Physicist Charles Clark of the National Institute of Standards and Technology (NIST) has been named a co-director of the Joint Quantum Institute (JQI), a research collaboration that includes NIST and the University of Maryland. Clark joins UM's Steve Rolston in leading JQI. He succeeds Carl Williams, who recently completed a five-year term as the founding NIST co-director.
"JQI owes its spectacular success to Carl Williams as much as to anyone else," said Clark. "Foundation of joint institutes between federal agencies and research universities always seems like a good idea, but there are immense practical difficulties in settling the details. We all owe much to Carl for his sustained hard work in making JQI possible, sealing the deal within complex and shifting multi-institutional constraints."
The JQI brings together scientists who study physical systems that obey the counterintuitive rules of quantum physics, which, for example, cause atomic and subatomic objects such as electrons to behave as either particles or waves depending on how they are viewed. Typical research areas at JQI include the fundamental physics of superconductors that enable the flow of electrons without resistance; ultracold atomic gases that can simulate the behavior of more complex quantum systems that are impossible to model with today's supercomputers; and quantum information, which aims to use the unique properties of quantum systems for more powerful and secure computation and communication than can be achieved with the realm of classical physics.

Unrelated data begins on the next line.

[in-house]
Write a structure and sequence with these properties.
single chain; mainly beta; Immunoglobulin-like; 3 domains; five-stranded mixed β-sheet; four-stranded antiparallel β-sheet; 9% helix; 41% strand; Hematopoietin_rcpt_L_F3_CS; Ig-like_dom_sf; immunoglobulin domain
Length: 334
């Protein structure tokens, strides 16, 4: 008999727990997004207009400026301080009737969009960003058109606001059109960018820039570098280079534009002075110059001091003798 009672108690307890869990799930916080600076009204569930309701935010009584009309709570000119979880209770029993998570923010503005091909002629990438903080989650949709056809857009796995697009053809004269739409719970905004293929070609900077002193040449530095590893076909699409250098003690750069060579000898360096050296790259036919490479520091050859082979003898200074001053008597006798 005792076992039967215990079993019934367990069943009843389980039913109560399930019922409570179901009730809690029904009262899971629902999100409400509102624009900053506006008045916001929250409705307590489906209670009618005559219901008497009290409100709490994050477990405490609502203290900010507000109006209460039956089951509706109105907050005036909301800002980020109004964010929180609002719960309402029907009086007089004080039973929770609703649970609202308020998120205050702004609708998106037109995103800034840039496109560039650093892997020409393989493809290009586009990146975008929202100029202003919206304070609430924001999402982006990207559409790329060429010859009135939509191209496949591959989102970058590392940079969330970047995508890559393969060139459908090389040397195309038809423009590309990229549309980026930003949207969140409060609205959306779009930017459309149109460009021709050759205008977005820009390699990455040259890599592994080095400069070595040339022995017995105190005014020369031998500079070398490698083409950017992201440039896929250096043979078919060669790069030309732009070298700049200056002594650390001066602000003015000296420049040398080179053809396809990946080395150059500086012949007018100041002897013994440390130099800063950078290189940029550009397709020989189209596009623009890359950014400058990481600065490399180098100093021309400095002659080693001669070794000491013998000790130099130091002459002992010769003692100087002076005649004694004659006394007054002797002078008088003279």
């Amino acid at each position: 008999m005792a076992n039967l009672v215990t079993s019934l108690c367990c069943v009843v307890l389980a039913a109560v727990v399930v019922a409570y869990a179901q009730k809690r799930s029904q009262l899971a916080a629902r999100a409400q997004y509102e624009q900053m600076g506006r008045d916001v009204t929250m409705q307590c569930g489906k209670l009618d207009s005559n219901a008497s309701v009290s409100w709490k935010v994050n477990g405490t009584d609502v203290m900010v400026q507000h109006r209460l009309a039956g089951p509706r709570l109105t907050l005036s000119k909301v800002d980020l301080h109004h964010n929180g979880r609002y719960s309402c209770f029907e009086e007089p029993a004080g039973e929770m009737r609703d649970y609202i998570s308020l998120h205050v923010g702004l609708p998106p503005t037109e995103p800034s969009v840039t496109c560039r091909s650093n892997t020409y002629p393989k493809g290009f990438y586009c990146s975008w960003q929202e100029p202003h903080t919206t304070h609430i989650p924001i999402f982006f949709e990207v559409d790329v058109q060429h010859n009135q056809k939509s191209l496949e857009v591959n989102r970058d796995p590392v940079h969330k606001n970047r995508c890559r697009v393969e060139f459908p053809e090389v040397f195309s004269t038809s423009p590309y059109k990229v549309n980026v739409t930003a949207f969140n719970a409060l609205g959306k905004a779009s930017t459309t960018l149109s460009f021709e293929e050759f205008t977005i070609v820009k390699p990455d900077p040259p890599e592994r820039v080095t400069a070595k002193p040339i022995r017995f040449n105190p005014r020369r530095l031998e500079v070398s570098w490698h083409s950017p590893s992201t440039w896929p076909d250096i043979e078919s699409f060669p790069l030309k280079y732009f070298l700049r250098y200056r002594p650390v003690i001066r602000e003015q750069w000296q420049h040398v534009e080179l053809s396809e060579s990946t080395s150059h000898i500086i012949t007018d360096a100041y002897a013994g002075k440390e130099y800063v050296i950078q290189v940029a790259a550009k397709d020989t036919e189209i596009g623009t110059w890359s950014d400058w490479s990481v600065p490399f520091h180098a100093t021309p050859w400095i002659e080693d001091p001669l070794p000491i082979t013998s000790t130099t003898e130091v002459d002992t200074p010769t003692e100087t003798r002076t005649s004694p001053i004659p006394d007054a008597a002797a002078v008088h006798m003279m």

Clark was chief of the NIST Electron and Optical Physics Division for 20 years before being appointed a NIST Fellow in 2010, thereby joining the ranks of NIST and JQI Fellows Paul Lett, Paul Julienne and Nobel Laureate Bill Phillips. His research activities are focused on theoretical atomic, molecular and optical physics. Among his signal accomplishments to date are the co-development of the Digital Library of Mathematical Functions (http://dlmf.nist.gov), accompanied by the Cambridge University Press publication of "The NIST Handbook of Mathematical Functions" in 2010, and supervising five University of Maryland Ph.D. theses while serving as a full-time employee of NIST. He is actively engaged in spreading physics research news through social media such as Facebook and Twitter.
More information on JQI is available at http://jqi.umd.edu. Additional details of Clark's career and publications are at http://jqi.umd.edu/about-us/people/fellows-gallery/136-charles-clark.html.